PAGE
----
Class Systems In The Garden Party And Other Mansfield’s Works
“For class is a type of bubble, a membrane around one, and although one might grow within this membrane, and strain against it, it is impossible to break free from it” (Gowar 159). The recurring theme of class systems and its resulting conflict is prominent throughout “The Garden Party,” “The Story of an Hour,” and “What You Pawn I Will Redeem.” In each story, the authors emphasize the absurdity of the class system through the portrayal of upper and lower classes and the presence of a character who crosses the boundary between classes.
One aspect of the class systems the authors use to bring attention to its foolishness is the norm that the lower class shows respect to the upper class. In “The Garden Party,” Kathrine Mansfield’s main protagonist, Laura questioned if the talk of “bangs slap in the eye” by the workmen was disrespectful to her as a member of the upper class (Mansfield 2). This reinforces the idea that the lower class should respect the upper class by implying that the lower class talks in an uncultured way that is beneath the upper class. The concept of respect is again established when Mrs. Scott’s sister habitually refers to Laura as “miss” (Mansfield 11). This shows that the people that live in the cottages respect the Sheridan’s because Laura is a teenager and is addressed as though she were an adult. Kate Chopin further depicts this notion in “The Story of an Hour” through Mrs. Mallard’s extreme relief at Mr. Mallard dying in the accident. Mrs. Mallard’s relief comes from the idea of living the rest of her life with “no powerful will bending hers” and being free to “live for herself” (97). This exemplifies the idea that women are expected to listen to their husbands and to go along with a man’s judgment without question. Because women are depicted as beneath men in society, they must respect a man’s needs and desires and place them ahead of their own. The concept is proven foolish because the reader knows that gender or how much money a person has should not affect how one should be treated compared to others.
Another facet of class systems proven irrational by the authors is how the upper class looks down on the lower class. In “The Garden Party,” Laura refers to the cottages down the lane as “the greatest possible eyesore” and “disgusting and sordid” which reflects how the rich view the members of the working class as below themselves (Mansfield 7). Mansfield portrays this attitude again when Laura wishes she could have something to cover her extravagant clothing even “one of those women’s shawls” (11). She separates herself from the lower class by referring to “[those] women” as though they are a separate being than herself (11). Similarly, this is implied in “The Story of an Hour” when Mrs. Mallard retreats to her room to mourn her husband alone (Chopin 96). However, the reader is enlightened that she is not retreating to mourn her husband but to bask in the freedom she is gaining. Mrs. Mallard could not allow herself to feel this relief and warmth in the presence of others because a woman should respect and love her husband and not hold disdain for him. If Mrs. Mallard would have allowed others to witness her spiritual healing, she would have been outcast and looked down upon. In addition, Alexie Sherman illustrates the irrationality in “What You Pawn I Will Redeem.” Sherman’s character Jackson recounts his observations of treatment by the white members of Chicago towards himself and other Native Americans. Jackson relates the treatment to being perceived as a “savage” (9) and states from experience that “silence is the best method of dealing with white folks” (10).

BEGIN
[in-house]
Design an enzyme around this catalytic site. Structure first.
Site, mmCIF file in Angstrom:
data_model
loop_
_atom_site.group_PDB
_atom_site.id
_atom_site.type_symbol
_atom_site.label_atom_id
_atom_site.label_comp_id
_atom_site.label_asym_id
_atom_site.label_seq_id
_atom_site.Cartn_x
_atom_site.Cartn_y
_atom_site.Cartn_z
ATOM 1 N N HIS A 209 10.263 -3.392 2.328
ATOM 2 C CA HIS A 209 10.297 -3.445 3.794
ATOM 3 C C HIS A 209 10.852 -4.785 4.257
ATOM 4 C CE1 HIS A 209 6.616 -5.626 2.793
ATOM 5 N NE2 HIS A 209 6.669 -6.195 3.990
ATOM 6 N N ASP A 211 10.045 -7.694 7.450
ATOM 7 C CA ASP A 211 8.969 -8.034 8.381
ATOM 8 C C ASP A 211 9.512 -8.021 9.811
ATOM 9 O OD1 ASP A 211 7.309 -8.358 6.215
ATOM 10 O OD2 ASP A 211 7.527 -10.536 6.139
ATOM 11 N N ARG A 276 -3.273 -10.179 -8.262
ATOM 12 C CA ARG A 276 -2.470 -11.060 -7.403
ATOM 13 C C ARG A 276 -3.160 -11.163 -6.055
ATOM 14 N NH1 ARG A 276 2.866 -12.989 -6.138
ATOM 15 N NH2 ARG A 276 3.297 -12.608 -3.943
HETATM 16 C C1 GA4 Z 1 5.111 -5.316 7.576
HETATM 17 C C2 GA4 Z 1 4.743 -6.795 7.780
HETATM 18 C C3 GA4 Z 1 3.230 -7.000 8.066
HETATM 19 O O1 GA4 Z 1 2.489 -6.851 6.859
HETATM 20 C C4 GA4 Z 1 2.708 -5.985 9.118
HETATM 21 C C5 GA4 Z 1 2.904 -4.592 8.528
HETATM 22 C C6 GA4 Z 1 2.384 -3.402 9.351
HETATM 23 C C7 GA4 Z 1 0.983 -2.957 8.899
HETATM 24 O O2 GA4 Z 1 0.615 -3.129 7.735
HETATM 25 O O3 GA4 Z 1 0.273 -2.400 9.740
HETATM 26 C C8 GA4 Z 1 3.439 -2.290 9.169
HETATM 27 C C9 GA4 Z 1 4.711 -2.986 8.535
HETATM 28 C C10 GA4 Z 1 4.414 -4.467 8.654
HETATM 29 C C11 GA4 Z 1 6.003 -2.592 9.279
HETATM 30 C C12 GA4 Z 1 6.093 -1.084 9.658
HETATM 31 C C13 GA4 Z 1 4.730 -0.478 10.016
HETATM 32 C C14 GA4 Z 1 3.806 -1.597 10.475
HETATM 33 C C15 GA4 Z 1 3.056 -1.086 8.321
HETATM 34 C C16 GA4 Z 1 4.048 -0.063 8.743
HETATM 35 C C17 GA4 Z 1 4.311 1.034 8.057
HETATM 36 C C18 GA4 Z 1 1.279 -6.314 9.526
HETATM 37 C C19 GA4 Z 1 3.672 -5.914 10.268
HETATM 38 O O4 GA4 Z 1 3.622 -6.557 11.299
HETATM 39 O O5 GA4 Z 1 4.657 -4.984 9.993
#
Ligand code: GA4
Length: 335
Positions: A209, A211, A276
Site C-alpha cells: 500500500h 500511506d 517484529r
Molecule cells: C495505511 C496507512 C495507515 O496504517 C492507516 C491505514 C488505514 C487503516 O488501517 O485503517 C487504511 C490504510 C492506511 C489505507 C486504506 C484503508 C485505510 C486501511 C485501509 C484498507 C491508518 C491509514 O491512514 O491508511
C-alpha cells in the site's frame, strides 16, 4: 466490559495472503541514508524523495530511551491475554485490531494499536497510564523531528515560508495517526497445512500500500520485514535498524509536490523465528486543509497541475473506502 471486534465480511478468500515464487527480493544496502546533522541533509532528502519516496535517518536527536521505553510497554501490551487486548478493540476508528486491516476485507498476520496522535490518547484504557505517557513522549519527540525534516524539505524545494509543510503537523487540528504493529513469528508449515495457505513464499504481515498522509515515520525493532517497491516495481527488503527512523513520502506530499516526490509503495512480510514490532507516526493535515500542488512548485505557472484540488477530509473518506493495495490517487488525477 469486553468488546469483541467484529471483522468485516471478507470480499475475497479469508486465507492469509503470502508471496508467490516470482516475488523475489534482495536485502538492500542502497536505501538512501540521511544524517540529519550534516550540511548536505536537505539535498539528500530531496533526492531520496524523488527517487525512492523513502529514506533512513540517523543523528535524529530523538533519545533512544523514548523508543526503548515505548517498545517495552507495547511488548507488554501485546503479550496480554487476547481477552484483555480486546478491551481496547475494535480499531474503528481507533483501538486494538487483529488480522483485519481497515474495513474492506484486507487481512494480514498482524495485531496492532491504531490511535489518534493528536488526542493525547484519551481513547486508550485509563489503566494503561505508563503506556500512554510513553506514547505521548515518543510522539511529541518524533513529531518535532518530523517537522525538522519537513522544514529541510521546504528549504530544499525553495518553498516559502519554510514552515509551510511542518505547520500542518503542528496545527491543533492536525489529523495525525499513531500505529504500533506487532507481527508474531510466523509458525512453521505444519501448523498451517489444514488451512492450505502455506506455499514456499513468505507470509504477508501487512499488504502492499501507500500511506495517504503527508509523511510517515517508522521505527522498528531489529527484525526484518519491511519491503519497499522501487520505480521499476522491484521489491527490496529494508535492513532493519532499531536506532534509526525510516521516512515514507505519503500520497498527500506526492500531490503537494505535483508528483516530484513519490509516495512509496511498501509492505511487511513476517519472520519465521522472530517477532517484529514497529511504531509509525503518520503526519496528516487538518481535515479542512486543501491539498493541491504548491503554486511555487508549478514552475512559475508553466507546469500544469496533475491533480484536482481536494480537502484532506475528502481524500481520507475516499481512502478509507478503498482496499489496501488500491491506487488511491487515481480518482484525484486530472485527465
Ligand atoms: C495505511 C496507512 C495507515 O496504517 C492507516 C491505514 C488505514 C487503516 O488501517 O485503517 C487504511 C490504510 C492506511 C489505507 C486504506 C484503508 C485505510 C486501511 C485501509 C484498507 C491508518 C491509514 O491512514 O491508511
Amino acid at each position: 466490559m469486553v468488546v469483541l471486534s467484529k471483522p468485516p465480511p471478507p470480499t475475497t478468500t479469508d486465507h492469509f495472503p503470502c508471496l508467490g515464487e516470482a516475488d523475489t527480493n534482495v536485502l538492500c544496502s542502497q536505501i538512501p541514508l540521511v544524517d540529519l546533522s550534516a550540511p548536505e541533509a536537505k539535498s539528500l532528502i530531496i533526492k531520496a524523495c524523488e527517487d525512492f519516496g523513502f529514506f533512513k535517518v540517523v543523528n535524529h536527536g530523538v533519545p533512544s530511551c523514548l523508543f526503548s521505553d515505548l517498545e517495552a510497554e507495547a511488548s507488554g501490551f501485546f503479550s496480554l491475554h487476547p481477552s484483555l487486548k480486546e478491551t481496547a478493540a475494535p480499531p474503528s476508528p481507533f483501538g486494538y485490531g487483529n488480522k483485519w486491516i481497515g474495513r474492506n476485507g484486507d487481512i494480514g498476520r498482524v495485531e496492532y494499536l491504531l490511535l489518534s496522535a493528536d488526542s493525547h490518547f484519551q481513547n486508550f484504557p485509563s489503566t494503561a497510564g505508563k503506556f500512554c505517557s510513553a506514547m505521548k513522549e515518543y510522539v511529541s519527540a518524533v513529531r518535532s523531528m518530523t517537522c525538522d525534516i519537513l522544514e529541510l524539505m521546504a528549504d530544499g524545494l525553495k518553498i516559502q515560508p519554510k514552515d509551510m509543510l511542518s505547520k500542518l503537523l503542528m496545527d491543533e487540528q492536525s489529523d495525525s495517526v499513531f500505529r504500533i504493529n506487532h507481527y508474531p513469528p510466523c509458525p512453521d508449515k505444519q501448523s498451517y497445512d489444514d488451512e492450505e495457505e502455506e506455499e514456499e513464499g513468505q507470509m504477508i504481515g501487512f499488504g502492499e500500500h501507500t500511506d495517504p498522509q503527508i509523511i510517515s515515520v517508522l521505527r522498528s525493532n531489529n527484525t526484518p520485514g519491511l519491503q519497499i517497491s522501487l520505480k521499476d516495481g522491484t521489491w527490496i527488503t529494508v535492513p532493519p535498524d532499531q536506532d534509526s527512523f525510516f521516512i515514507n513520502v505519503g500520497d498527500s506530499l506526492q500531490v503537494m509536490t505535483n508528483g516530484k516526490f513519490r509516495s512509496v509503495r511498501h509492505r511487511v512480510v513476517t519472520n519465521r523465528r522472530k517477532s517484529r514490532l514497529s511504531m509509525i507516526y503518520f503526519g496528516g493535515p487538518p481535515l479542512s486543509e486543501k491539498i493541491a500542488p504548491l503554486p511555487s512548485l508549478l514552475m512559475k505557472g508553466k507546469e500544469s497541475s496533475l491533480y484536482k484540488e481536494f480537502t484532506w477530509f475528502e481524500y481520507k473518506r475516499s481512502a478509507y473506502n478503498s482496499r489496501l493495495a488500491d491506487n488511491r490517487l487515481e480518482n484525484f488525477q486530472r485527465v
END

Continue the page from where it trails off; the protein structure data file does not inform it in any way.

A third way the authors prove class systems absurd is through their creation of a character that crosses the boundaries between classes and attempts to mend these relationships. Chopin’s character, Mrs. Mallard, challenges the class divide with her thoughts and attitudes. While Mrs. Mallard doesn’t take direct action to repair society, through her thoughts the reader is illuminated to how erroneous life is (97). In fact, Nicole Diederich found through discussion with her international and domestic students that their cultures “upheld a relationship of love and equality between husband and wife” and the relationship between the Mallards was awful (117). Sherman Alexie used many characters in his story to attempt to call attention to the need for healing between the classes. For example, the police officer that awoke Jackson from the railroad tracks tries to help Jackson out by dropping him off at a rehab center and giving him money to aid his cause (25-25). Alexie’s character that owns the pawn shop also attempts to help a member of the lower class at the end of the story when he gives Jackson the regalia for twenty dollars instead of the agreed one thousand dollars (28). Likewise, Mansfield utilizes Laura’s empathetic nature to emphasize the distinctions between classes. Laura is the only member of the Sheridan family that wants to postpone the garden party out of respect for the Scott family (6) and is the one to deliver the food to the mourning family down the lane (10). However, while Laura is utilized as the character to interact with both classes, she doesn’t completely believe that the class system is wrong. When Laura sees Mr. Scott’ s dead body, instead of being horrified by the sight she decides to think of it as Mr. Scott peacefully sleeping so, in the words of William Atkinson, “she can enjoy her class privileges without feeling the discomfort of economic realities”(Shaup 222).
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